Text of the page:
Maine Nonprofit Law E-Bulletin May 2010


In this Issue:

  • Introduction
  • Affordable Care Act and HIRE Act Provisions Affecting Nonprofits
  • Low-Profit Limited Liability Companies Authorized in Maine


Welcome to the latest issue of the Maine Nonprofit Law E-Bulletin.  I send E-Bulletins 3 or 4 times per year to provide updates and analysis on legal and policy matters respecting Maine nonprofit organizations.  I do my best to keep the messages brief, timely, and useful to nonprofit staff, board members, volunteers, advisors, and donors.  At the same time, no one may rely on these E-Bulletins as legal advice, and I encourage you to consult a qualified attorney for advice on any particular situation.

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Affordable Care Act and HIRE Act Provisions Affecting Nonprofits

Two bills passed in Congress, the Affordable Care Act (otherwise known as the “health care bill”) and the HIRE Act, provide tax-saving opportunities for certain nonprofit employers.  Here are the highlights:

Small Employer Health Credit —  This credit is available to nonprofit organizations that  have 25 or fewer full time equivalent employees who earn less than $50,000 in average wages, where the nonprofit pays at least 50% of the insurance premium cost for its employees. Eligible nonprofits can start claiming the credit as early as when they file their second quarter payroll tax returns.  Note that because the eligibility formula is based on FTEs instead of the number of employees, some organizations will qualify even if they employ more than 25 people.  For a useful overview of how the credit applies to tax-exempt organizations, see here and here.

  • Dependent Health Coverage — Health coverage provided for an employee’s children under 27 years of age is now generally tax-free to the employee, effective March 30, 2010.  The IRS announced that these changes immediately allow employers with cafeteria plans –– plans that allow employees to choose from a menu of tax-free benefit options and cash or taxable benefits –– to permit employees to begin making pre-tax contributions to pay for this expanded benefit.  See IRS Notice 2010-38 for an explanation of these changes and further guidance.
  • HIRE Act Payroll Tax Exemption — The Hiring Incentives to Restore Employment (HIRE) Act, signed by President Obama on March 18, establishes a special payroll tax exemption for certain newly-hired workers in 2010.  The exemption applies to the employer’s 6.2% share of the Social Security payroll tax for the remainder of 2010 for any nonprofit (or for-profit) employer that hires a worker who had been unemployed for at least 60 days.  Recently, the IRS released a new Form W-11 to help employers claim the exemption.  Also see the IRS’ frequently-asked questions about the payroll tax exemption and the related new hire retention credit.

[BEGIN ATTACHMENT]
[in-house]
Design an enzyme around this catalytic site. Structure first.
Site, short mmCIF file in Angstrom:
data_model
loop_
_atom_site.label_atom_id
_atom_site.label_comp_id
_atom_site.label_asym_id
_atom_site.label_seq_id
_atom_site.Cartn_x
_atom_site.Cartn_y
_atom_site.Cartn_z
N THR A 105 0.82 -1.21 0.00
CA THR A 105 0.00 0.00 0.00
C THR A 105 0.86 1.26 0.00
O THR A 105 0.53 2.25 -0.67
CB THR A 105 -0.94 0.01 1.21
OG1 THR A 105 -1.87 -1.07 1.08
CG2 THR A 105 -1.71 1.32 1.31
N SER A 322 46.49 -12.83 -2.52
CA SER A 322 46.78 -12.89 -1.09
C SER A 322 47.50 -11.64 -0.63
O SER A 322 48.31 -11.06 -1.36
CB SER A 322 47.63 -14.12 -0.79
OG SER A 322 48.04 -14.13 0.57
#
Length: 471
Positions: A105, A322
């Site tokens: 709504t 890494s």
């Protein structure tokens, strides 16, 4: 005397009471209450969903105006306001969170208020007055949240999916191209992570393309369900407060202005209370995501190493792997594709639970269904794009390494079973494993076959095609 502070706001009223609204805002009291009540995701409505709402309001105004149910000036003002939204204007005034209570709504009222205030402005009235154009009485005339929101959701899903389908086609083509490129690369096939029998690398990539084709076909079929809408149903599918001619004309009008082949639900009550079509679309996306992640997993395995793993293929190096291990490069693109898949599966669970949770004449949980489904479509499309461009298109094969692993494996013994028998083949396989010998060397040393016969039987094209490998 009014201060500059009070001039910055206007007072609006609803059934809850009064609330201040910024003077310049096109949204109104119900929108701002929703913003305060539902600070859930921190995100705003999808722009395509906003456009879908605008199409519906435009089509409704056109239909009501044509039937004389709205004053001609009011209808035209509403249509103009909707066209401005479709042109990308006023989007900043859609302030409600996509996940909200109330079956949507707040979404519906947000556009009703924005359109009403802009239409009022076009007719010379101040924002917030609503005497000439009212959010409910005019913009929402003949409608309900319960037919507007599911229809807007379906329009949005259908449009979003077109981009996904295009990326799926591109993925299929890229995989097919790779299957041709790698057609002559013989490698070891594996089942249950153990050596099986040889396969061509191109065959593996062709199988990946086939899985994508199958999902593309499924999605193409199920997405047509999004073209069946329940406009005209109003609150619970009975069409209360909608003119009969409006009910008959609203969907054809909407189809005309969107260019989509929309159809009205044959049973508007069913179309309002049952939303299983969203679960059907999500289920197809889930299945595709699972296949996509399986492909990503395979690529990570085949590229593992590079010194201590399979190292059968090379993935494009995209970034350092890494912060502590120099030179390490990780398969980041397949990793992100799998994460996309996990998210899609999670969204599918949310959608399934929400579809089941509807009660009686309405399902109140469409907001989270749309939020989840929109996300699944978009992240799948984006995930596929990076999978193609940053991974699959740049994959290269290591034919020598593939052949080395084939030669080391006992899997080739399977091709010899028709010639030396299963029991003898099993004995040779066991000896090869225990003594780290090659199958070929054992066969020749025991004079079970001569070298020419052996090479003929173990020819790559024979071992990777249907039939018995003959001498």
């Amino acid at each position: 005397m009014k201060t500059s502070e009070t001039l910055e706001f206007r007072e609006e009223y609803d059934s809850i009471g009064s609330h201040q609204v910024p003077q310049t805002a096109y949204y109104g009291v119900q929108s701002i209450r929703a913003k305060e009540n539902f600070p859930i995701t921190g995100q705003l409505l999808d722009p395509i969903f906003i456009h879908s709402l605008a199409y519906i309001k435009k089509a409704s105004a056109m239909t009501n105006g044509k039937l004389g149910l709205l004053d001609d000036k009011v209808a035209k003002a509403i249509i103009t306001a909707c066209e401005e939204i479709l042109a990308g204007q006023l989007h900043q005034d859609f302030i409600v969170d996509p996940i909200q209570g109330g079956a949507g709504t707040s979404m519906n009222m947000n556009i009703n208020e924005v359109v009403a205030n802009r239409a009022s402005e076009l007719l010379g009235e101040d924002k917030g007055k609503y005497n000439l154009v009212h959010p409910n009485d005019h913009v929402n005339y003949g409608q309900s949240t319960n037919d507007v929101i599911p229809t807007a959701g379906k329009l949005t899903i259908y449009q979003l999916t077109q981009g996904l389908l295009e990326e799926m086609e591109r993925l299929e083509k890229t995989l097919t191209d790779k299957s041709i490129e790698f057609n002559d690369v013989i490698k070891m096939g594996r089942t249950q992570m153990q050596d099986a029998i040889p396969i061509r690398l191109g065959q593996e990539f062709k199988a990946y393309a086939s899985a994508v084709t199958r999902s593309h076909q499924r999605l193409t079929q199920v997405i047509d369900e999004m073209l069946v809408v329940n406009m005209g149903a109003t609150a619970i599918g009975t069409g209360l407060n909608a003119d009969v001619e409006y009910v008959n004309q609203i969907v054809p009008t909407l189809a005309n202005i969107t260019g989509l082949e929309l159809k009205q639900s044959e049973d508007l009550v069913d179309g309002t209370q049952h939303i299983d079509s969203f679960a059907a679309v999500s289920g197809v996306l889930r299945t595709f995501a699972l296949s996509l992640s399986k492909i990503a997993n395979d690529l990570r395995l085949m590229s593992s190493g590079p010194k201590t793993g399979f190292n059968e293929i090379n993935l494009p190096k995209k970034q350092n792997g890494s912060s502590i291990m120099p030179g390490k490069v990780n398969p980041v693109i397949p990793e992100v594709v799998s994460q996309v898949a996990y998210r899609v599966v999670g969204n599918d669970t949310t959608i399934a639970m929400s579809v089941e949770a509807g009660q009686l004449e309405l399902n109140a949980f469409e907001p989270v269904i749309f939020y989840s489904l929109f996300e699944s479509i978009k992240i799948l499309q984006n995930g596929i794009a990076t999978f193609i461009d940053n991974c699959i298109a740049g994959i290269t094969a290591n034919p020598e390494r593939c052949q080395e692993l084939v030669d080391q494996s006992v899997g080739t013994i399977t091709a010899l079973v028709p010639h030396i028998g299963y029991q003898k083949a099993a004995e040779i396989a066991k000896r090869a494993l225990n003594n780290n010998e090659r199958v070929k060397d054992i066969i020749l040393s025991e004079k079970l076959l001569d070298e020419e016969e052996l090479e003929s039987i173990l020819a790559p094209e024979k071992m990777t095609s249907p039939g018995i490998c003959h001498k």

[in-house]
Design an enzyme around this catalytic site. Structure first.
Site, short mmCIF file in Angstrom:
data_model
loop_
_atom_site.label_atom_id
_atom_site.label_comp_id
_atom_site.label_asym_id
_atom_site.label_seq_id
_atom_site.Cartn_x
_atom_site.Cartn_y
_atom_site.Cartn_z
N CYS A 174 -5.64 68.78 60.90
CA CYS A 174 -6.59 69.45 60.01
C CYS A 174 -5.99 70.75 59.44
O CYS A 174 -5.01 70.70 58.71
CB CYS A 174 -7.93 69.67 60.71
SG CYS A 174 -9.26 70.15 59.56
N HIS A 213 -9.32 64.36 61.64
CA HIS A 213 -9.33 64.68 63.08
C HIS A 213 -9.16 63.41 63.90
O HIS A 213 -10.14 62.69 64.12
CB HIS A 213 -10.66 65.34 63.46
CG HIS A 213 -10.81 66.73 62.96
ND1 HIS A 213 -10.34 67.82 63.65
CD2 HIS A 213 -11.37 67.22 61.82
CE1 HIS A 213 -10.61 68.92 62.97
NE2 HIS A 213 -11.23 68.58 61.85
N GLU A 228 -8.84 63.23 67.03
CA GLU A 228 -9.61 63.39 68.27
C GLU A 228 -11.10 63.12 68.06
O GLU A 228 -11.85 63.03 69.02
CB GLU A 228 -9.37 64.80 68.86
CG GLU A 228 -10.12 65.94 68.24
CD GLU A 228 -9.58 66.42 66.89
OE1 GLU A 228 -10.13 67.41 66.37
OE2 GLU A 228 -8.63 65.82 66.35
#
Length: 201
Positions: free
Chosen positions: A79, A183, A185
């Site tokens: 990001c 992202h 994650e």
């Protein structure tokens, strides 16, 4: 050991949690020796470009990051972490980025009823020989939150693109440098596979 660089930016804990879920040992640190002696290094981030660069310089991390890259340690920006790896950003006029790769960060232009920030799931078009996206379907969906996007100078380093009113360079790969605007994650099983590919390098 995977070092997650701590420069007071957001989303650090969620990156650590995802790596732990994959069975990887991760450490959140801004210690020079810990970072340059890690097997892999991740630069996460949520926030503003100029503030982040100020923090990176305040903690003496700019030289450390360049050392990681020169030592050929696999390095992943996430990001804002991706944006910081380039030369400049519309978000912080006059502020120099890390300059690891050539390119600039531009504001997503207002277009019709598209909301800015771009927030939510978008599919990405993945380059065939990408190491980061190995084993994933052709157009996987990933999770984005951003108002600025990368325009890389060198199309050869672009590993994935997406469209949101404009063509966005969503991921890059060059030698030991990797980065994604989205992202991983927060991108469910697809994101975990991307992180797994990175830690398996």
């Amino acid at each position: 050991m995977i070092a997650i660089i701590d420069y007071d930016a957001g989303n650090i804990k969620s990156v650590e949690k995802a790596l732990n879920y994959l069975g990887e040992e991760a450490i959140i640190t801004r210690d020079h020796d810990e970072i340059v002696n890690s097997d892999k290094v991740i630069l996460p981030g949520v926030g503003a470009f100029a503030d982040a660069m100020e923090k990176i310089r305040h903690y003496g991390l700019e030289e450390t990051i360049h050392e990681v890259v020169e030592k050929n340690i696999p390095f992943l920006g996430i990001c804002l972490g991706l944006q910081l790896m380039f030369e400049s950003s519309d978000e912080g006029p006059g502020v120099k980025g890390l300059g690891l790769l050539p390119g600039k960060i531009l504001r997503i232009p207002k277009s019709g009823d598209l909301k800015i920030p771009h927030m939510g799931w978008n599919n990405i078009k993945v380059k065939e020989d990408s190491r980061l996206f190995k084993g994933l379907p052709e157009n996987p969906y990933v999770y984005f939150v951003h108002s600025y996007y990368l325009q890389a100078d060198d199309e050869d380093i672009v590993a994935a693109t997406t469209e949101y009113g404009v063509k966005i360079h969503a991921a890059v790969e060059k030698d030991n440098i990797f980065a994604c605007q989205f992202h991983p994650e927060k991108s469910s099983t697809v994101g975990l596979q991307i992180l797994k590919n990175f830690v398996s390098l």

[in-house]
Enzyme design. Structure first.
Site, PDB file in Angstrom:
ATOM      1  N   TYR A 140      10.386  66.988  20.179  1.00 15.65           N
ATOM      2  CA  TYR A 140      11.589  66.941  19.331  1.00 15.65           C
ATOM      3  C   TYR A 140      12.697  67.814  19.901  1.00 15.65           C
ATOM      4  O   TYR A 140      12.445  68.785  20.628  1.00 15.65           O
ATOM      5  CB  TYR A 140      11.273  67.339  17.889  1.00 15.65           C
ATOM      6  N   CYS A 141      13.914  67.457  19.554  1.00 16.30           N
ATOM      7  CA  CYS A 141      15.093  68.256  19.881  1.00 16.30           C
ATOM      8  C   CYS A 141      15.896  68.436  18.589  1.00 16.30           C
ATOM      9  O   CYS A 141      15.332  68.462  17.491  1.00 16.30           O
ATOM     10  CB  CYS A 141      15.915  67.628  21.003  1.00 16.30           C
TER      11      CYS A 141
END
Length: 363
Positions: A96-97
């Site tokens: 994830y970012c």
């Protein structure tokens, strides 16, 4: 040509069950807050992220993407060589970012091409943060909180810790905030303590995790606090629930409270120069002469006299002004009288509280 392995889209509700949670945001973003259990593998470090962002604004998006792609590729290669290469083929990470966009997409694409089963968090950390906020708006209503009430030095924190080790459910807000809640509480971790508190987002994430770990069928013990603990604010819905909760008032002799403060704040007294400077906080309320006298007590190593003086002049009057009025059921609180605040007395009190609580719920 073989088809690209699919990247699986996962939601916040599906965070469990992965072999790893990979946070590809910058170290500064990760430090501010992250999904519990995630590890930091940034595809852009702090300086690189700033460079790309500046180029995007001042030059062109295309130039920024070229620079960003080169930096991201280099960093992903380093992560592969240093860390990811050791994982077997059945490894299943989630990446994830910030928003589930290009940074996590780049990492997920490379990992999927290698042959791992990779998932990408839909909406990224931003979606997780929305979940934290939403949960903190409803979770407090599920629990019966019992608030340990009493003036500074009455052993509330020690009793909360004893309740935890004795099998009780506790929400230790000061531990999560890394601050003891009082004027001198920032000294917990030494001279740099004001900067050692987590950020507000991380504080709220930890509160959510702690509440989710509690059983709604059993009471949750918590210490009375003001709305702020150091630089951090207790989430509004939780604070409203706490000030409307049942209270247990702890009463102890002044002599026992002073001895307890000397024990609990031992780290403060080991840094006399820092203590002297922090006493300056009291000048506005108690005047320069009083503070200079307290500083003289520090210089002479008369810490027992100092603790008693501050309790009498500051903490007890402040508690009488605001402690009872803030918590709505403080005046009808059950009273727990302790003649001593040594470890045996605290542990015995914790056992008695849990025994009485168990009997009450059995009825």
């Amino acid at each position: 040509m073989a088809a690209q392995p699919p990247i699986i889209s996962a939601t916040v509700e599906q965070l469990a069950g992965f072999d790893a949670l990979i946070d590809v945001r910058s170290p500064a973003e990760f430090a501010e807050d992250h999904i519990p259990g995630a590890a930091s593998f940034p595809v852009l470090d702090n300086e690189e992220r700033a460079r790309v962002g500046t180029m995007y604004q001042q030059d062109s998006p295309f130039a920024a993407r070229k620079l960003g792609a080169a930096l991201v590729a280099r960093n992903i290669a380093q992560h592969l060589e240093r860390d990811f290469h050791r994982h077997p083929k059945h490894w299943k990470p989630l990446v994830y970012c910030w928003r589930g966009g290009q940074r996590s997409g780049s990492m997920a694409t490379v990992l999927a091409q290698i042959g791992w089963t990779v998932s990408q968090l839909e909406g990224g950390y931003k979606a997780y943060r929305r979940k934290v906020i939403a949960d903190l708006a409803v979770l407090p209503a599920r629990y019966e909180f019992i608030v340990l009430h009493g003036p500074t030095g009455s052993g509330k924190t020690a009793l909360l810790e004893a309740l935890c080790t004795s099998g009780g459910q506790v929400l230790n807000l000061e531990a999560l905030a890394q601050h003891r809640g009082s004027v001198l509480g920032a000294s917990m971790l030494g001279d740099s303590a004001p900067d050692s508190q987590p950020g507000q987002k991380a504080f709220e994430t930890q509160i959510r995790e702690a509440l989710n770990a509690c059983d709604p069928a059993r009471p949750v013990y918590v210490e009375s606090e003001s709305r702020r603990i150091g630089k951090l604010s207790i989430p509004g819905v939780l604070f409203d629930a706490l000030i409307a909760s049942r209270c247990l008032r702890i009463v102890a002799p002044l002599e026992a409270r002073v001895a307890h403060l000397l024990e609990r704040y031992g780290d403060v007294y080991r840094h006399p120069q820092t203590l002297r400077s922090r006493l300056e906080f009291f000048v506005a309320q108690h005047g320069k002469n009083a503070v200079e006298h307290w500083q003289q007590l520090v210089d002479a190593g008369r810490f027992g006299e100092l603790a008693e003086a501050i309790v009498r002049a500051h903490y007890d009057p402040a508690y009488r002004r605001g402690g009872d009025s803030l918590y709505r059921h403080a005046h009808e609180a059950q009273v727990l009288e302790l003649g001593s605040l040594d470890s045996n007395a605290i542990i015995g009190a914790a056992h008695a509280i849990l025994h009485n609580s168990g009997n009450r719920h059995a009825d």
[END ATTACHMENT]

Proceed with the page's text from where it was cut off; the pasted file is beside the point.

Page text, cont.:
Low-Profit Limited Liability Companies Authorized in Maine

In April, the Maine Legislature passed a bill that authorizes low-profit limited liability companies under Maine law, beginning in July 2011.  See 2010 P.L. ch. 629, codified at 31 MRS § 1611.  A low-profit limited liability company (known as an “L3C”) is a new type of entity that was first established in Vermont in 2008 and has spread very quickly to other states.

An L3C is a hybrid between a traditional for-profit LLC and a nonprofit charity.  It can be owned and invested in just like a business, but it must “significantly further the accomplishment of one or more charitable or educational purposes.”  An L3C can have a purpose of generating income, but it can not be a significant purpose.

An L3C might be appropriate in a number of situations in which neither a traditional business nor a charity would be legal or suitable.  One key advantage of an L3C is that it is set up to attract investments from private foundations, for it is intended to qualify as a “program related investment,” a special type of investment that is allowed by private foundations.  Until now, many private foundations have been reluctant to invest in anything other than traditional 501(c)(3) nonprofit organizations.  But as a 501(c)(3), an organization’s purposes must be exclusively charitable or educational, and a profit motive can jeopardize its 501(c)(3) status.

The L3C model has been considered and used in a variety of contexts in which a traditional business model has not worked out.  For an example of a Maine-based L3C that has already been established (albeit under Vermont law, as it was set up prior to Maine’s passage of the L3C bill), see this recent article discussing MOOMilk, a group of Maine organic dairy farmers who formed an L3C to process and distribute their product.  Also see

However, it is important to note that there remain several unresolved questions about L3C’s, including: whether the IRS will automatically recognize them as program-related investments, who will determine whether charitable/educational purposes remain “significant”, and whether they are (or should be) subject to oversight by the Attorney General.  Despite these questions, L3C’s might be a useful option, either for new start-ups, conversions from existing businesses, or spin-off programs of existing nonprofits.  It is possible that the Legislature may revisit L3C’s in the next legislative session, as the act does not take effect until July 2011.

A useful memo on L3C’s prepared by an Illinois attorney can be found here.

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              CIRCULAR 230 DISCLOSURE: Any federal tax advice contained in this communication or attachment is not to be used for the purpose of avoiding penalties under the Internal Revenue Code or promoting, marketing or recommending any transaction or matter addressed in this communication.

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